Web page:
More than half of the benefit of repealing the $10,000 deduction cap for state and local taxes would go to millionaires, according to Congress' nonpartisan tax scorekeeper.
Getting rid of the so-called SALT cap would lower the burden for households earning at least $1 million by $40.4 billion, or 52% of the $77.4 billion in additional tax breaks, according to numbers released Monday by the Joint Committee on Taxation.
Some Democrats in Congress want to repeal the portion of the 2017 overhaul that capped at $10,000 the amount of state and local taxes that can be taken off a federal return.
The numbers were released a day before a panel of the House Ways and Means Committee holds a hearing on how the deduction cap affects middle-income earners and schools funded by local tax dollars.
The benefit is largely concentrated among top-earning households, according to the Joint Committee on Taxation's figures. About 94% of the breaks generated from repealing the cap would be claimed by taxpayers with at least $200,000 in income, according to the data.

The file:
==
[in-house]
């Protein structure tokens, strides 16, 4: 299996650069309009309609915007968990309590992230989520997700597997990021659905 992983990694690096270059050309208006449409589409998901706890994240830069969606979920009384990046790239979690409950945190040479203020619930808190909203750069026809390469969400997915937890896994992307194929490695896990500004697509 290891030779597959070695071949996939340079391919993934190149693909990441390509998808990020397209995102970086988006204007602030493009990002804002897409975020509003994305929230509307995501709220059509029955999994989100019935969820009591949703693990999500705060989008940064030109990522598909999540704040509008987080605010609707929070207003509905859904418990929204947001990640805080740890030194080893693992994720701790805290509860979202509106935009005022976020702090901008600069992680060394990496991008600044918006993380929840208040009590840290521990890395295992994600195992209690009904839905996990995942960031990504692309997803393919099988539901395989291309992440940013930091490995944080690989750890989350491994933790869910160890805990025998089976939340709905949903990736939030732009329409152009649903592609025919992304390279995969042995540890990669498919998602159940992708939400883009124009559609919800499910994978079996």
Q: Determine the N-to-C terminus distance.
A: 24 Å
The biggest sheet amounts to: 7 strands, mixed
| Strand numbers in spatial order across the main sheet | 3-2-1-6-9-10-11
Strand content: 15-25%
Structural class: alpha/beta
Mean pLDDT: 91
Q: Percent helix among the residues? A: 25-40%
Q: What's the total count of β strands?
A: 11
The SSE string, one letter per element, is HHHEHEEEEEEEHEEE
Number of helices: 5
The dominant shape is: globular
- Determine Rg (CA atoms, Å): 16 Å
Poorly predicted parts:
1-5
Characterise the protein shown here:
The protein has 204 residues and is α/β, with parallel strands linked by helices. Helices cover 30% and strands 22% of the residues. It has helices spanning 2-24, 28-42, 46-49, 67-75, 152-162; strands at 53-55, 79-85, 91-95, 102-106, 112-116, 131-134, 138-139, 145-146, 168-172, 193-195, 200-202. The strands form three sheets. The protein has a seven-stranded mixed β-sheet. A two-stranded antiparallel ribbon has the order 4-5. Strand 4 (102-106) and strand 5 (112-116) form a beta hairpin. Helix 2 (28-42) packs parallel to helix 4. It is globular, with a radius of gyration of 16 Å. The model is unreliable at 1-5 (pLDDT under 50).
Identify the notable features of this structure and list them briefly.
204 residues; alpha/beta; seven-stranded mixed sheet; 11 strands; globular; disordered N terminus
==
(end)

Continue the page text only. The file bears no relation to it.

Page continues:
Republicans in their 2017 overhaul capped the deduction as a way to pay for some of their $1.5 trillion cut for individuals and corporations. Officials in high-tax states, including New York, New Jersey and California, have said Republicans targeted Democratic-led states to pay for the cuts.
They also have said the cap hurts their residents and causes people to move to lower-tax locations. The title of Tuesday's hearing is: "How Recent Limitation to the SALT Deduction Harm Communities, Schools, First Responders, and Housing Values."
"The federal State and Local Tax Deduction has been a life staple for millions of New Jersey families going back generations," Representative Bill Pascrell said in a statement. "So the Republicans' move to kneecap SALT to give the wealthiest and corporations an unneeded tax break has blistered my state this year, with taxpayers losing money they earned and our communities being forced into making savage service cuts."
The issue has been tricky for Democrats to address, given that most of the benefit of the deduction goes to top earners, at a time when the party's presidential contenders are focused on income inequality and new taxes on the wealthy.
Critics of the efforts to repeal the SALT cap say the issue is overblown. But some accountants found that many taxpayers who were limited by the deduction this year still got a cut because they either were unable to claim the break in the past or qualified for lower rates.
Tuesday's hearing will be the first time Democrats are formally addressing the issue. House Democrats have pushed for legislation that would raise the cap or remove it entirely. Efforts in the House would almost certainly be stopped as soon as they reach the Senate. Senate Finance Committee Chairman Charles Grassley has said he doesn't plan to address the issue.